Northern Ireland

Police chief ‘gets daily briefings on plots to kill his officers’

Detective Chief Inspector John Caldwell made his first public appearance last month after being shot in February (PA)
Detective Chief Inspector John Caldwell made his first public appearance last month after being shot in February (PA)

Northern Ireland’s police chief said he gets briefings virtually every day about plots to attack and kill his officers.

PSNI Chief Constable Simon Byrne said the ongoing threat from dissident republicans remains a “real worry”.

And he said the shooting of senior detective John Caldwell sent a “shockwave” through the PSNI.

Last year, the threat level in Northern Ireland was raised from substantial to severe, meaning an attack is highly likely.

There have been a number of terrorist incidents targeting police officers since then, with the most serious being the gun attack on Detective Chief Inspector John Caldwell in February.

Mr Caldwell, who has led many of the PSNI’s most high-profile investigations, was shot several times outside a sports complex in Omagh, Co Tyrone, when he was with his son after coaching a youth football match.

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The so-called New IRA claimed responsibility for the shooting, with police investigating if the dissident republican group may have been assisted by gangsters.

Seven people have appeared in court charged with attempted murder.

Mr Caldwell spent several weeks in intensive care after the shooting.

He was later discharged from hospital and made his first public appearance since the attack last month, when he attended a garden party at Hillsborough Castle as part of the visit of the King and Queen to Northern Ireland.

Read more:

Detective John Caldwell attends garden party with King and QueenOpens in new window ]

In an interview, Mr Byrne said police are determined to keep the pressure on those intent on attacking officers.

He said: “Our biggest threat is those dissident republicans that want to kill and injure police officers.

“At the moment I am receiving virtually daily briefings about plots and plans to hurt police officers and to kill them.

“It is a real worry.”

The chief constable added: “The threat from terrorists is severe, which means they have the capability to do it and an attack is highly likely.

“We have to adjust how we gather information, intelligence, the speed of our investigations, to make sure as best we can we are staying one step ahead of the terrorists.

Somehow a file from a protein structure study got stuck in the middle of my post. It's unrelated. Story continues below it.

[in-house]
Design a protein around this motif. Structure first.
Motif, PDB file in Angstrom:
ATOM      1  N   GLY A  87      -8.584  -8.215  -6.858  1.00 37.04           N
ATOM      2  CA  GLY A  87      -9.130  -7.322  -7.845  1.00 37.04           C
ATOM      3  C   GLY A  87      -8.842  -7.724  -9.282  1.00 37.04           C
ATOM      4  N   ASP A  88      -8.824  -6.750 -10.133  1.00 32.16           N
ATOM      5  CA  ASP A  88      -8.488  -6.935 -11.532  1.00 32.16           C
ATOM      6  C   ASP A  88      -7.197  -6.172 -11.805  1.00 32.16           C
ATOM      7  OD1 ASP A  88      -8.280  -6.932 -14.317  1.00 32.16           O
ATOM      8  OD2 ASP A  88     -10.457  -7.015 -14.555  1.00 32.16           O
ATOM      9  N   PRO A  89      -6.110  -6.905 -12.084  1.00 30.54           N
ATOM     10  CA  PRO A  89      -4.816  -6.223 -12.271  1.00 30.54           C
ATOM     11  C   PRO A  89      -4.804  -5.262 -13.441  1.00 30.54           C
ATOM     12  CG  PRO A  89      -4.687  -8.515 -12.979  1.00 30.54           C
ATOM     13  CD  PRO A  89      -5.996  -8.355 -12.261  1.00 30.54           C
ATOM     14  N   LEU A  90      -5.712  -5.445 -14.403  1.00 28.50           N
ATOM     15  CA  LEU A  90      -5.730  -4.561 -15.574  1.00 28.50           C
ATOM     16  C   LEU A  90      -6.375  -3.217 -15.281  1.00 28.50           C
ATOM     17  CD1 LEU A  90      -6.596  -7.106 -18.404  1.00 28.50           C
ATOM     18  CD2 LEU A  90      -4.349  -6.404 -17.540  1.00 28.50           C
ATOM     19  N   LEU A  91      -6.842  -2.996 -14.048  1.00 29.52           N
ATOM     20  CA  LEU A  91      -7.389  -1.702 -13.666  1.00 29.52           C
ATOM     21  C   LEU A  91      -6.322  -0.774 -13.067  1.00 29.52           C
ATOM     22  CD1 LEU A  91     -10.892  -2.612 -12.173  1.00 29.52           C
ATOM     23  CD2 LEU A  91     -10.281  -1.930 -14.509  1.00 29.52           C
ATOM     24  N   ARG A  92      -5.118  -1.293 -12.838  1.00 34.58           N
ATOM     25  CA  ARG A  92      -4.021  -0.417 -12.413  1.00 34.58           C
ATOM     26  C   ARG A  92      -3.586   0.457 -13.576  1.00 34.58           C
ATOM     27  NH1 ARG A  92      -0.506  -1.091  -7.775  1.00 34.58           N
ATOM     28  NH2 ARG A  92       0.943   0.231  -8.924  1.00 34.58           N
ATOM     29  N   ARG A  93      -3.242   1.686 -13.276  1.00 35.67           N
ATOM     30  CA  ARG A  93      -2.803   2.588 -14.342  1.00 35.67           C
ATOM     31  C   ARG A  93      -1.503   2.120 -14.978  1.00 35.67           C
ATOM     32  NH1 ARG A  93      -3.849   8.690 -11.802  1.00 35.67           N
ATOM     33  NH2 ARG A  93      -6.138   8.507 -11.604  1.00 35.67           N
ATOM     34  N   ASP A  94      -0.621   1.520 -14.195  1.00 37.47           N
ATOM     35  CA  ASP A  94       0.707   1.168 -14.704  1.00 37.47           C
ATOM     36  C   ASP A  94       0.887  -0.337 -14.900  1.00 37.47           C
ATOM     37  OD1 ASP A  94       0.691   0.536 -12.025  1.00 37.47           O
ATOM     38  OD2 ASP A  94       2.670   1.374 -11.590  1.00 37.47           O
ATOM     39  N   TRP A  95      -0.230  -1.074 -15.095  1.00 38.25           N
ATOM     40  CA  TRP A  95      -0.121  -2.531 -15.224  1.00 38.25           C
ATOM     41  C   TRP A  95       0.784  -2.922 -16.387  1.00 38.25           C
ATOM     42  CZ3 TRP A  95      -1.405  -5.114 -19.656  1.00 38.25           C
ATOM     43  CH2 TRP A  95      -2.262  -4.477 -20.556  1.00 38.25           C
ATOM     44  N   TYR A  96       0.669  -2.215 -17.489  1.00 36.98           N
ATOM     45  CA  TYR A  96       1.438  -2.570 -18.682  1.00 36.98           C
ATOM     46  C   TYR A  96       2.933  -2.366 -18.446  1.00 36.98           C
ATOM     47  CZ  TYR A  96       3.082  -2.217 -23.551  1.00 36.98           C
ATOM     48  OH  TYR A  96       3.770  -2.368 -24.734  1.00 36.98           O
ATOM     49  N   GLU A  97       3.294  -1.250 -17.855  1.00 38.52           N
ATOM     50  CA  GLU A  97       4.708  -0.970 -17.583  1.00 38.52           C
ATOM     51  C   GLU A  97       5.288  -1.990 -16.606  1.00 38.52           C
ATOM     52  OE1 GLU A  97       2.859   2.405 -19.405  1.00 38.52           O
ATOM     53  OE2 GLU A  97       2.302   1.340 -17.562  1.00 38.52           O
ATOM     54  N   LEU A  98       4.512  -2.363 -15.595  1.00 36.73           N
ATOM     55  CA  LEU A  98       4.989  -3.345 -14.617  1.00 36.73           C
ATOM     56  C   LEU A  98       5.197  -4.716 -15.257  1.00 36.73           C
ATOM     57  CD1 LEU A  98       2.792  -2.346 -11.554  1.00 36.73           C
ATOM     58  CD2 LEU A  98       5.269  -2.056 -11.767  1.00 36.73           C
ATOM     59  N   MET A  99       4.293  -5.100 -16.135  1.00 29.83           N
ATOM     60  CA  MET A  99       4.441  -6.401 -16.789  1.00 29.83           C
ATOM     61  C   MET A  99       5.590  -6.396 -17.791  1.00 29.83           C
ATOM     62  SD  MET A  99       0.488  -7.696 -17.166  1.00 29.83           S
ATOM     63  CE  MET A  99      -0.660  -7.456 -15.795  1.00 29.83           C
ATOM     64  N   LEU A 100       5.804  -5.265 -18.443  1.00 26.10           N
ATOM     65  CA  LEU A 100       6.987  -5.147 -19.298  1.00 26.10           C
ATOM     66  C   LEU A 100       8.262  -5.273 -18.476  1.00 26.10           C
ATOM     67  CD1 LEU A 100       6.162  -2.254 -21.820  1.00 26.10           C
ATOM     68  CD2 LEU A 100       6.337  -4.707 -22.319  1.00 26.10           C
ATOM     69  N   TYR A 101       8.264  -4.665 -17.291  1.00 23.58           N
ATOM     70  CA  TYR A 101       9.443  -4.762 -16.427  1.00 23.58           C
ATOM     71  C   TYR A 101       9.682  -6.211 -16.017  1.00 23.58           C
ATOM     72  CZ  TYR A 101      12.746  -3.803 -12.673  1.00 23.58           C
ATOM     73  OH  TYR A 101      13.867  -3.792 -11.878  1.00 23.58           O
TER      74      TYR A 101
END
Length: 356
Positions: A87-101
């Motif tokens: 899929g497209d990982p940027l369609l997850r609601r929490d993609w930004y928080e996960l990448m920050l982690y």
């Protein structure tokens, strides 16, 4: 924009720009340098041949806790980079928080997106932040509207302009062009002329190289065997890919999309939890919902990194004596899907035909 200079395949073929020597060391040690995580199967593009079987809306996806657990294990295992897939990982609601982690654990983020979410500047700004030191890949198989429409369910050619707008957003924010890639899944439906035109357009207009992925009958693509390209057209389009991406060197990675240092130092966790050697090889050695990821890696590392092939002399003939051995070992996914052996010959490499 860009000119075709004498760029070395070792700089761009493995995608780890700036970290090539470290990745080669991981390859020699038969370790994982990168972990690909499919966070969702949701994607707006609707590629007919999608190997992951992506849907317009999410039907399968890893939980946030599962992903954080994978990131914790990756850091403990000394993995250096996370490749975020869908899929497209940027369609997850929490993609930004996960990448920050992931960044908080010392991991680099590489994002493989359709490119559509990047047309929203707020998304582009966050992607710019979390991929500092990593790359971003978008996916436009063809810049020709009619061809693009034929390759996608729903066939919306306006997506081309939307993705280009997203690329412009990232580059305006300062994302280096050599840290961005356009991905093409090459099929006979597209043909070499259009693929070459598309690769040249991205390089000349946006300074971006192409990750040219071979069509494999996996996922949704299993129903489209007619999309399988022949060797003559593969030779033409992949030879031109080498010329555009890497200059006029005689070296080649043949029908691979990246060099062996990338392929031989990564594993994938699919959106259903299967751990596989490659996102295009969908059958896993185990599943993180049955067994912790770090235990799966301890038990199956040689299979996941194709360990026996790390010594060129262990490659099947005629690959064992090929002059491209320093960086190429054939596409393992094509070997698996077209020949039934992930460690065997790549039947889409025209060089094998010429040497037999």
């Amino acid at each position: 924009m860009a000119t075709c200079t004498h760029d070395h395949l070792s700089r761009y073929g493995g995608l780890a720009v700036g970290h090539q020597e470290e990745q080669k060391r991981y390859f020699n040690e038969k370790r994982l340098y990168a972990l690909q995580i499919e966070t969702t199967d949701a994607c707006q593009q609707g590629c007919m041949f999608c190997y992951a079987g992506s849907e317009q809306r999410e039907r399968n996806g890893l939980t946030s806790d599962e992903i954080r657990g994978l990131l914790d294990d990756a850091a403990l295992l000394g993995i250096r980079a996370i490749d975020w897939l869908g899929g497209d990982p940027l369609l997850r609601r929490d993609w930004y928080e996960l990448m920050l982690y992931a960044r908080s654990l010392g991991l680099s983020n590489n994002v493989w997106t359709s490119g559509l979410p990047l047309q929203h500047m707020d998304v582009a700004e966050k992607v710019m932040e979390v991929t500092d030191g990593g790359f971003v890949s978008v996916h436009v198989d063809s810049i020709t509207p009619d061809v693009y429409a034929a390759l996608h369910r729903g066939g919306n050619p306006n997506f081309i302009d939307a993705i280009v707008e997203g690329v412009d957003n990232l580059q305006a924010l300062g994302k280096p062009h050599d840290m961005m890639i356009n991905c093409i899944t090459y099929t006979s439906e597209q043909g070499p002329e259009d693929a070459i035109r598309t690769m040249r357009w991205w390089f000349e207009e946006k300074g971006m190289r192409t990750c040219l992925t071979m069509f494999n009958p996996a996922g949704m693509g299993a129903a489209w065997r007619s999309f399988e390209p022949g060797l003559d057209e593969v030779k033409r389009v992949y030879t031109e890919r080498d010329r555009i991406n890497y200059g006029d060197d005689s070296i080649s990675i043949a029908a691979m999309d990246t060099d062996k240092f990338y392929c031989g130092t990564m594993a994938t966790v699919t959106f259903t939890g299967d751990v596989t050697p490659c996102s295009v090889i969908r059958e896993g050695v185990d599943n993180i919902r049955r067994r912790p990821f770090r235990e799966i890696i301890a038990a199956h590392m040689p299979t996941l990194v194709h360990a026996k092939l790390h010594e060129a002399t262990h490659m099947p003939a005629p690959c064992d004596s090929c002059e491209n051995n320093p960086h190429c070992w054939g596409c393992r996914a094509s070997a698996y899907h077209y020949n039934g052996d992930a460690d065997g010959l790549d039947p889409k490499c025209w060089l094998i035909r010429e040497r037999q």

“We are making arrests every week. We have obviously got a huge investigation running after the awful attack on our colleague John Caldwell.

“We need to keep the pressure up on a small number of people that are still intent on using violence to promote their ideology.”

Speaking about the attack on Mr Caldwell, Mr Byrne said it was from an era everyone wanted to move on from.

Northern Ireland Policing Board meeting
PSNI Chief Constable Simon Byrne said the shooting of John Caldwell was a huge shock to him (PA)

He added: “Personally, it was a huge shock.

“I can remember going in and out of Omagh police station a number of times in the immediate days after the attack on John and there was a quite surreal and numb feeling.

“Definitely a shockwave went through the organisation because it was a colleague, but also because you understood the awful circumstances of the attack and the effect it had on his family.

“The way the organisation rallied round and the speed of the investigation has been impressive.”

Mr Byrne said any return to work for the senior detective will be a decision for Mr Caldwell and his family.

He added: “I think it is remarkable that he has made such a swift recovery and I pay tribute to the medical professionals that clearly were integral to saving his life along with members of the public who gave him first aid.

“It was such an awful experience for him which will remain part of his future for the rest of his life.”